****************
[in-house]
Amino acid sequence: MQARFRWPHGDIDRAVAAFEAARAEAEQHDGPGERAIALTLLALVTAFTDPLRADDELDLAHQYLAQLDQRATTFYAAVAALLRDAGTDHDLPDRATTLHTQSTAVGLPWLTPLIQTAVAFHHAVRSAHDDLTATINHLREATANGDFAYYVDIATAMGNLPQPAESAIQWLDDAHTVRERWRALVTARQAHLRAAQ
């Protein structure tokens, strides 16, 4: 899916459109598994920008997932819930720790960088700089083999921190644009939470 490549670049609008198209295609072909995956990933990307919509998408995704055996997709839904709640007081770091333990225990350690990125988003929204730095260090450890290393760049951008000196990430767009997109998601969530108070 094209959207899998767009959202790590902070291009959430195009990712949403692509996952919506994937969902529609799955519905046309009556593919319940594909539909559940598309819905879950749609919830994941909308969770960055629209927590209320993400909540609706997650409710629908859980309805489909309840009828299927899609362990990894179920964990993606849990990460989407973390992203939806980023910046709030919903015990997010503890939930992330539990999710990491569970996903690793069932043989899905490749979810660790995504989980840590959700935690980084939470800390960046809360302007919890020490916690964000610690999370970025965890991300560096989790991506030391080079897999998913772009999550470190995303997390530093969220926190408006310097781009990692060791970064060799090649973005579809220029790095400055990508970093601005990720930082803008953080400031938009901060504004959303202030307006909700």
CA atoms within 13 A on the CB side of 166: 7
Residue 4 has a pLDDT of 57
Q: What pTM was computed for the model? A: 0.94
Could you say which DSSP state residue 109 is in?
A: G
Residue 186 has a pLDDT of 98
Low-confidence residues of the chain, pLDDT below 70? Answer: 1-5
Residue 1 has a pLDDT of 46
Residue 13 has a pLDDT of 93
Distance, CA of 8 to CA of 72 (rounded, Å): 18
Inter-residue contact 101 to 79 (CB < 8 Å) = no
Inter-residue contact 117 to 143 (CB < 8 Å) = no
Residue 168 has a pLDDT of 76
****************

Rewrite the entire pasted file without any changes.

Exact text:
[in-house]
Amino acid sequence: MQARFRWPHGDIDRAVAAFEAARAEAEQHDGPGERAIALTLLALVTAFTDPLRADDELDLAHQYLAQLDQRATTFYAAVAALLRDAGTDHDLPDRATTLHTQSTAVGLPWLTPLIQTAVAFHHAVRSAHDDLTATINHLREATANGDFAYYVDIATAMGNLPQPAESAIQWLDDAHTVRERWRALVTARQAHLRAAQ
């Protein structure tokens, strides 16, 4: 899916459109598994920008997932819930720790960088700089083999921190644009939470 490549670049609008198209295609072909995956990933990307919509998408995704055996997709839904709640007081770091333990225990350690990125988003929204730095260090450890290393760049951008000196990430767009997109998601969530108070 094209959207899998767009959202790590902070291009959430195009990712949403692509996952919506994937969902529609799955519905046309009556593919319940594909539909559940598309819905879950749609919830994941909308969770960055629209927590209320993400909540609706997650409710629908859980309805489909309840009828299927899609362990990894179920964990993606849990990460989407973390992203939806980023910046709030919903015990997010503890939930992330539990999710990491569970996903690793069932043989899905490749979810660790995504989980840590959700935690980084939470800390960046809360302007919890020490916690964000610690999370970025965890991300560096989790991506030391080079897999998913772009999550470190995303997390530093969220926190408006310097781009990692060791970064060799090649973005579809220029790095400055990508970093601005990720930082803008953080400031938009901060504004959303202030307006909700």
CA atoms within 13 A on the CB side of 166: 7
Residue 4 has a pLDDT of 57
Q: What pTM was computed for the model? A: 0.94
Could you say which DSSP state residue 109 is in?
A: G
Residue 186 has a pLDDT of 98
Low-confidence residues of the chain, pLDDT below 70? Answer: 1-5
Residue 1 has a pLDDT of 46
Residue 13 has a pLDDT of 93
Distance, CA of 8 to CA of 72 (rounded, Å): 18
Inter-residue contact 101 to 79 (CB < 8 Å) = no
Inter-residue contact 117 to 143 (CB < 8 Å) = no
Residue 168 has a pLDDT of 76